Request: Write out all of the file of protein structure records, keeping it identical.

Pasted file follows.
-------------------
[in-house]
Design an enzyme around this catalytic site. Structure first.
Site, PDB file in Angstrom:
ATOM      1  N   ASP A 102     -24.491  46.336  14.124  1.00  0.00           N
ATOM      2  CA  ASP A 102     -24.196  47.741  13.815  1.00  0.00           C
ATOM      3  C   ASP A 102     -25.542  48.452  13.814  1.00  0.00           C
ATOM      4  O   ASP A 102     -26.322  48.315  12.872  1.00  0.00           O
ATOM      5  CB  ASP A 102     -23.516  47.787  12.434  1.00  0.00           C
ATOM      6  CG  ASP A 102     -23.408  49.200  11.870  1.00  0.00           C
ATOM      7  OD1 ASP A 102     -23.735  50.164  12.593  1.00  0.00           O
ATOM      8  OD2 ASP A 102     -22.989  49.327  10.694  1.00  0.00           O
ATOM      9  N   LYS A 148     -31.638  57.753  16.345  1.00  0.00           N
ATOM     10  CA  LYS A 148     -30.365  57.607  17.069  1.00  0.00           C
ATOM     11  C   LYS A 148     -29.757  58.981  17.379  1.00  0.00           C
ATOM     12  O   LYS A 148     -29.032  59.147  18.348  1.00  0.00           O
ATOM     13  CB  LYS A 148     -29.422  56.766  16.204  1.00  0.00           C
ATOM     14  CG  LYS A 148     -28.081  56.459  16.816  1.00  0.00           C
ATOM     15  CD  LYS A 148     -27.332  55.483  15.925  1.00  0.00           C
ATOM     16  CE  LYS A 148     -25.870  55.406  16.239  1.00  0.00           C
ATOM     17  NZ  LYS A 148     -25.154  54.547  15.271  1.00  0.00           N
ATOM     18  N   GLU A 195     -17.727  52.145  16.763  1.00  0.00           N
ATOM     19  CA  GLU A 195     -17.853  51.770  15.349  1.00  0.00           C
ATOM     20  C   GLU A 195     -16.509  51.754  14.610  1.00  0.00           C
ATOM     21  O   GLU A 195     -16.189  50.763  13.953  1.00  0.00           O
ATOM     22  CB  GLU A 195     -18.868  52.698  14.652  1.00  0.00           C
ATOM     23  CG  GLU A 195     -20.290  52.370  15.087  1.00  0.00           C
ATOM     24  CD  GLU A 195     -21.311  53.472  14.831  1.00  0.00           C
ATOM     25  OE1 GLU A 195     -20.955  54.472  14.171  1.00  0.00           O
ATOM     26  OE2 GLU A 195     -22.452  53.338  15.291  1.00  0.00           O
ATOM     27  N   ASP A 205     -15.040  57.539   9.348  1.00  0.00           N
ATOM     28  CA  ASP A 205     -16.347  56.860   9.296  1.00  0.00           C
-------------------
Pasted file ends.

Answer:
[in-house]
Design an enzyme around this catalytic site. Structure first.
Site, PDB file in Angstrom:
ATOM      1  N   ASP A 102     -24.491  46.336  14.124  1.00  0.00           N
ATOM      2  CA  ASP A 102     -24.196  47.741  13.815  1.00  0.00           C
ATOM      3  C   ASP A 102     -25.542  48.452  13.814  1.00  0.00           C
ATOM      4  O   ASP A 102     -26.322  48.315  12.872  1.00  0.00           O
ATOM      5  CB  ASP A 102     -23.516  47.787  12.434  1.00  0.00           C
ATOM      6  CG  ASP A 102     -23.408  49.200  11.870  1.00  0.00           C
ATOM      7  OD1 ASP A 102     -23.735  50.164  12.593  1.00  0.00           O
ATOM      8  OD2 ASP A 102     -22.989  49.327  10.694  1.00  0.00           O
ATOM      9  N   LYS A 148     -31.638  57.753  16.345  1.00  0.00           N
ATOM     10  CA  LYS A 148     -30.365  57.607  17.069  1.00  0.00           C
ATOM     11  C   LYS A 148     -29.757  58.981  17.379  1.00  0.00           C
ATOM     12  O   LYS A 148     -29.032  59.147  18.348  1.00  0.00           O
ATOM     13  CB  LYS A 148     -29.422  56.766  16.204  1.00  0.00           C
ATOM     14  CG  LYS A 148     -28.081  56.459  16.816  1.00  0.00           C
ATOM     15  CD  LYS A 148     -27.332  55.483  15.925  1.00  0.00           C
ATOM     16  CE  LYS A 148     -25.870  55.406  16.239  1.00  0.00           C
ATOM     17  NZ  LYS A 148     -25.154  54.547  15.271  1.00  0.00           N
ATOM     18  N   GLU A 195     -17.727  52.145  16.763  1.00  0.00           N
ATOM     19  CA  GLU A 195     -17.853  51.770  15.349  1.00  0.00           C
ATOM     20  C   GLU A 195     -16.509  51.754  14.610  1.00  0.00           C
ATOM     21  O   GLU A 195     -16.189  50.763  13.953  1.00  0.00           O
ATOM     22  CB  GLU A 195     -18.868  52.698  14.652  1.00  0.00           C
ATOM     23  CG  GLU A 195     -20.290  52.370  15.087  1.00  0.00           C
ATOM     24  CD  GLU A 195     -21.311  53.472  14.831  1.00  0.00           C
ATOM     25  OE1 GLU A 195     -20.955  54.472  14.171  1.00  0.00           O
ATOM     26  OE2 GLU A 195     -22.452  53.338  15.291  1.00  0.00           O
ATOM     27  N   ASP A 205     -15.040  57.539   9.348  1.00  0.00           N
ATOM     28  CA  ASP A 205     -16.347  56.860   9.296  1.00  0.00           C